Osaka/Tokyo/Sendai, Japan Japan Biodesign, a Stanford Biodesign Program Development Partner, was established in 2015 in partnership with Osaka, Tokyo and Tohoku Universities and the Japan Federation of Medical Devices, and a fellowship program was launched that same year. Through this partnership, Japan Biodesign faculty are trained at the Byers Center through our Global Faculty Training program and receive ongoing support and mentoring from our core faculty. Japan Biodesign fellows visit Stanford Biodesign for an intensive two-week training experience mid-way through their fellowship year.
- BioInnovate Ireland
Galway, Ireland BioInnovate Ireland opened in 2011 after its program director, Mark Bruzzi, trained with us at Stanford Biodesign. As a Stanford Biodesign affiliate, BioInnovate is an independent program that offers both a fellowship and industry training. Fellows from Stanford Biodesign and BioInnovate collaborate throughout each academic year to share ideas, information, and experiences.
- School of International Biodesign
New Delhi, India The School of International Biodesign is focused on training medical technology innovators and creating an ecosystem of frugal medical innovations in India. This program began as Stanford-India Biodesign, a collaboration between Stanford University, the Indian Institute of Technology Delhi, and the All India Institute of Medical Sciences (AIIMS) in partnership with the Indo-US Science & Technology Forum. From 2008 and 2015, we jointly operated a fellowship program for Indian citizens who spent the first six months of their training at Stanford Biodesign, followed by six to 18 months at AIIMS. Now independent, the School of International Biodesign offers the iFellowship for aspiring medtech entrepreneurs.
- Biodesign Israel
Haifa, IsraelThe Biodesign Israel leadership team all trained in Stanford Biodesign programs and courses, including founder Yona Vaisbuch, chief instructor Tahel Altman, and instructors Lior Lev Tov and Nitai Klein. The program is an educational-driven center that is helping build the local health technology ecosystem using the Stanford Biodesign approach to training aspiring innovators. Its goal is to significantly improve patient treatment and well-being around the world.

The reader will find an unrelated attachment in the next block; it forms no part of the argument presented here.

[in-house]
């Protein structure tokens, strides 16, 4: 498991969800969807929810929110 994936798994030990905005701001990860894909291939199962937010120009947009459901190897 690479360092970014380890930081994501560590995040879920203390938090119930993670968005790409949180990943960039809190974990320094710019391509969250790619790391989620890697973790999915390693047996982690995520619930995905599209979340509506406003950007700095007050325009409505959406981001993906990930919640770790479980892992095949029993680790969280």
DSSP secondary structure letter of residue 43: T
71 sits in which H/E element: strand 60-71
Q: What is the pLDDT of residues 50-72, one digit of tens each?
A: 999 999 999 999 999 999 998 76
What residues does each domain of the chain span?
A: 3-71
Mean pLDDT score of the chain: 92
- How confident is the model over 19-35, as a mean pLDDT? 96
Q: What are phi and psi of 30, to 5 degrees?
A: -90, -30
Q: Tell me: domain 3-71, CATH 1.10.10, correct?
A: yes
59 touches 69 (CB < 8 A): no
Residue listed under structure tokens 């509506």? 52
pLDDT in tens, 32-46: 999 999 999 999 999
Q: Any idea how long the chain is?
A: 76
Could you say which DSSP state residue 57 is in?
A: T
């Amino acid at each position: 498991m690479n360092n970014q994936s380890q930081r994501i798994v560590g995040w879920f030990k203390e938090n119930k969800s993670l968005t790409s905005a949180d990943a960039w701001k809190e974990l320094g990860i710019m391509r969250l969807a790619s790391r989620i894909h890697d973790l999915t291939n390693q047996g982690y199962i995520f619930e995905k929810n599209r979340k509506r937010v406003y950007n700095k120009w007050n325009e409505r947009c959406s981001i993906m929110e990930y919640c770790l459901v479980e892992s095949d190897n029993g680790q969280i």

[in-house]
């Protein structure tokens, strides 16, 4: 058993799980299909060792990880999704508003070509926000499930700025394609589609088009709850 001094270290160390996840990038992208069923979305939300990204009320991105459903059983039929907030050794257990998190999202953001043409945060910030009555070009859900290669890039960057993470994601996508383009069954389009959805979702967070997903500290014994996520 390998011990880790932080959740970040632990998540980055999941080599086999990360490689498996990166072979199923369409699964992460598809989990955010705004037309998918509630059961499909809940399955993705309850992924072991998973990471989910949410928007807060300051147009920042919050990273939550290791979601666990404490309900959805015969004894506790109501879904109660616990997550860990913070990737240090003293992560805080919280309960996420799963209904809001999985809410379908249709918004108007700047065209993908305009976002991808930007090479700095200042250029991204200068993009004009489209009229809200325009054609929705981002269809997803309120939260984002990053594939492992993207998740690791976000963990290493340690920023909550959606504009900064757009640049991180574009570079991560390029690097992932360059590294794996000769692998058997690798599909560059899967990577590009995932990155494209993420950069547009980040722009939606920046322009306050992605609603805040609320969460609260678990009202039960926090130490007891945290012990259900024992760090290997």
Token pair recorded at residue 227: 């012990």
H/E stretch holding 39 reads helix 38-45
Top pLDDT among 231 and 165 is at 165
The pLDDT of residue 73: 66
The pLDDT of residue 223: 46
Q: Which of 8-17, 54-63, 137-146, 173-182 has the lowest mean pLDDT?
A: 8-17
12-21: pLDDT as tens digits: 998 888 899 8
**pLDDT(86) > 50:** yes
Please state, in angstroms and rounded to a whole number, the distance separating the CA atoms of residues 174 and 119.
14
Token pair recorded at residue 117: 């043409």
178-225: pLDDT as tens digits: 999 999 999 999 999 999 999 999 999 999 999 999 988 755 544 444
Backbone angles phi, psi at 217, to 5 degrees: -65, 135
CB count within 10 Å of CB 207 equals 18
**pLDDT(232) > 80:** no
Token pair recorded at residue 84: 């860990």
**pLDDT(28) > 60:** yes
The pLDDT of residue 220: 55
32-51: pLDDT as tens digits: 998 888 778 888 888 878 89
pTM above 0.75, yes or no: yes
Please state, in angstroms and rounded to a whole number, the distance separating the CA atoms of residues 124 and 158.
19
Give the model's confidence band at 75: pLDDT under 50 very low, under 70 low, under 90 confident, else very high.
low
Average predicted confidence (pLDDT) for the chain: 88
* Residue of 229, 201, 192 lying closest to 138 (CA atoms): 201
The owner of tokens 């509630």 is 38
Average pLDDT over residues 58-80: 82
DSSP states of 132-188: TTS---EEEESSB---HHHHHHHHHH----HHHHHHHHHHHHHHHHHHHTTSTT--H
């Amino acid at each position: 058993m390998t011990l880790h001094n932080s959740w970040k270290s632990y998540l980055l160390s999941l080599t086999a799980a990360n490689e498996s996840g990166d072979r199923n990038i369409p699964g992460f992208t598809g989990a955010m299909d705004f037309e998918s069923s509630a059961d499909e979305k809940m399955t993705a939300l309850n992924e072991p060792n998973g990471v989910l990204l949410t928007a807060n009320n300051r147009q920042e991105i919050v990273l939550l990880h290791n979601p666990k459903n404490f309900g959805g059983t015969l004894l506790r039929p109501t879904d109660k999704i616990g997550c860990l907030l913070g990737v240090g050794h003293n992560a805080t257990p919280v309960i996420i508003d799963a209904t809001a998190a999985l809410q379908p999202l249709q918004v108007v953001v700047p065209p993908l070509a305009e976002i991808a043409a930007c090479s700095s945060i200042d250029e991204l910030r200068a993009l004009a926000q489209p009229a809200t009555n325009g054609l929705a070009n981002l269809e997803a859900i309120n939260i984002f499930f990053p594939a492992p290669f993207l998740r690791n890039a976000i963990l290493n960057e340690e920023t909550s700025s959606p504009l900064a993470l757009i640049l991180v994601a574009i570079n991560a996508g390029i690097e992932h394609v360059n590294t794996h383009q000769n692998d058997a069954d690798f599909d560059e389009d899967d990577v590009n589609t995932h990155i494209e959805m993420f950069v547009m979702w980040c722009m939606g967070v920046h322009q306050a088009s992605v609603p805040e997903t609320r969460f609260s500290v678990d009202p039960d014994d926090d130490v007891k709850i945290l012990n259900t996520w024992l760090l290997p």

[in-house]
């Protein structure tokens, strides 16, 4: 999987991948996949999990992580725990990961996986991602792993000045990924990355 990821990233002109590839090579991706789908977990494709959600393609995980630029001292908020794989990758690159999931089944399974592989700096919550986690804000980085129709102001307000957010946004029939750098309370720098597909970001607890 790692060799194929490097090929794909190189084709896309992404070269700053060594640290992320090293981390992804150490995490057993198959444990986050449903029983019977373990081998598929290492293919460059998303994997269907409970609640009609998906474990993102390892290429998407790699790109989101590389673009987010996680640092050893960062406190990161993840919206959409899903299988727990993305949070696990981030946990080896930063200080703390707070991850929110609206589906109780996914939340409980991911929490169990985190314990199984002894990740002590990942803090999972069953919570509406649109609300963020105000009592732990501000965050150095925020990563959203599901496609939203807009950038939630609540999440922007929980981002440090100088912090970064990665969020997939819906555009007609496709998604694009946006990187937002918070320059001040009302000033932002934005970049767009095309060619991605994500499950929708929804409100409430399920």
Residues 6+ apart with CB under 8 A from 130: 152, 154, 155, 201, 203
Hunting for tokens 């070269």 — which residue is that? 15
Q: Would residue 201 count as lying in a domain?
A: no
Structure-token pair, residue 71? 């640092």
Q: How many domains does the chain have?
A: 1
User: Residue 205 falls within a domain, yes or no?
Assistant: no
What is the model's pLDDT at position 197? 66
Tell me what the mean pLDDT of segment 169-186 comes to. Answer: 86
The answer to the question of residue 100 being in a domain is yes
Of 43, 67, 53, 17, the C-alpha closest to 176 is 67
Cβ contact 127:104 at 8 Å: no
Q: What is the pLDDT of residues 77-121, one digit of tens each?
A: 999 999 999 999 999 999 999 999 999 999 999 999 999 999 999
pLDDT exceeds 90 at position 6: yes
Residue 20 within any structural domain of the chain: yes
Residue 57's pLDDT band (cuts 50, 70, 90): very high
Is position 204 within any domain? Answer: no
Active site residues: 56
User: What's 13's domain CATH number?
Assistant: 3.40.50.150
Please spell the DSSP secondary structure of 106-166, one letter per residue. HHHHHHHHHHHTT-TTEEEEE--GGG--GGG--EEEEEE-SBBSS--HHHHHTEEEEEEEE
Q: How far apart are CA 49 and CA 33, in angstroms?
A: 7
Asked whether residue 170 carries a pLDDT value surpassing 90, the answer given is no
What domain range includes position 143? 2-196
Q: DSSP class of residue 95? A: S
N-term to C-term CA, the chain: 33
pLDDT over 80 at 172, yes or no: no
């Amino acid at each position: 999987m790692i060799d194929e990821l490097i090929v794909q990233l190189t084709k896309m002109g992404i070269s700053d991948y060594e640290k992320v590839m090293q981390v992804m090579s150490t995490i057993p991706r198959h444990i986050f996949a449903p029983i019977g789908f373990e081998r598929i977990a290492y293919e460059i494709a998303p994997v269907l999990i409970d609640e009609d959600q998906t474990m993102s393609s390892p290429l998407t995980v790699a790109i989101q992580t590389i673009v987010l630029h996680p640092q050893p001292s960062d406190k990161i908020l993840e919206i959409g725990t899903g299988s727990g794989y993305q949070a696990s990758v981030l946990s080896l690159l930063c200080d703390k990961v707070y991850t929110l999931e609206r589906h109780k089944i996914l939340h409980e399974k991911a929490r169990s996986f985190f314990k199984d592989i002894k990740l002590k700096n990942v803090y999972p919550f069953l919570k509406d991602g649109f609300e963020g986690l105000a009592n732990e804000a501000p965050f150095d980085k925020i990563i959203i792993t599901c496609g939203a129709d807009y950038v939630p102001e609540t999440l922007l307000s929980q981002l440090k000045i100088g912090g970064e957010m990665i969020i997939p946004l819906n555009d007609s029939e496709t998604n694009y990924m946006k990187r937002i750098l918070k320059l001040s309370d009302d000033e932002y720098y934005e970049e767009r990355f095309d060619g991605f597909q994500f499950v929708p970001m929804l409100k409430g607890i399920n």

- Einstein Biodesign
São Paulo, BrazilThe Einstein Biodesign fellowship is a graduate program for physicians, engineers, data scientists, administrators, and other healthcare professionals seeking to become leaders in healthcare innovation. Based at the Hospital Israelita Albert Einstein in Brazil, the program is led by the organization's chief innovation officer Rodrigo Bornhausen Demarch and a number of other innovators who completed Stanford Biodesign’s Global Faculty Training program.
- Perth Biodesign
Perth, AustraliaPerth Biodesign launched in 2018 after co-founder Matt Oldakowski completed our global faculty training program. Using the Stanford Biodesign methodology, the program brings together multidisciplinary teams of learners passionate about making a difference in healthcare. Perth Biodesign’s biomedical entrepreneurship programs are experiential in nature, designed for the Australian biomedical environment, and thrive on the support of the local ecosystem.
- TMU Biodesign
Taipei, TaiwanTMU Biodesign is a health technology training ecosystem anchored by Taipei Medical University. It includes the TMU BioMEd Accelerator, Taiwan's first international medical university-based accelerator, which is led by Stanford Biodesign global faculty trainee Jowy Tani. The accelerator also has a start-up mentorship program supported by other alumni of our programs. Additional ecosystem partners include Wan Fang Biodesign, Shuang-Ho Biodesign, and TMUH Biodesign and Biodesign Jr.
Global Program Leaders
- Robson Capasso Advisor, Global Biodesign
- Lyn Denend Director, Academic Programs
- Krista Donaldson Director, Innovation to Impact
- Rajiv Doshi Director, India Program
- Fumi Ikeno Program Director (US), Japan Biodesign
- Ritu Kamal Director, Global Programs
- Anurag Mairal Director, Global Outreach Programs
- Swaril Mathur Global Faculty Mentor
- Meghana NerurkarAssistant Manager, Courses and Global Programs
- Ravi PamnaniAssistant Director, Global Faculty Training
- Jan Pietzsch Director, Health Economics and Value
- Douglas Rait Director, Team Learning and Design
- Sandra Waugh Ruggles Mentor, Japan Biodesign
- Gordon Saul Executive Director
- Chris Shen Director, Global Strategic Initiatives
- Shiqin Xu Senior Manager, Course and Global Programs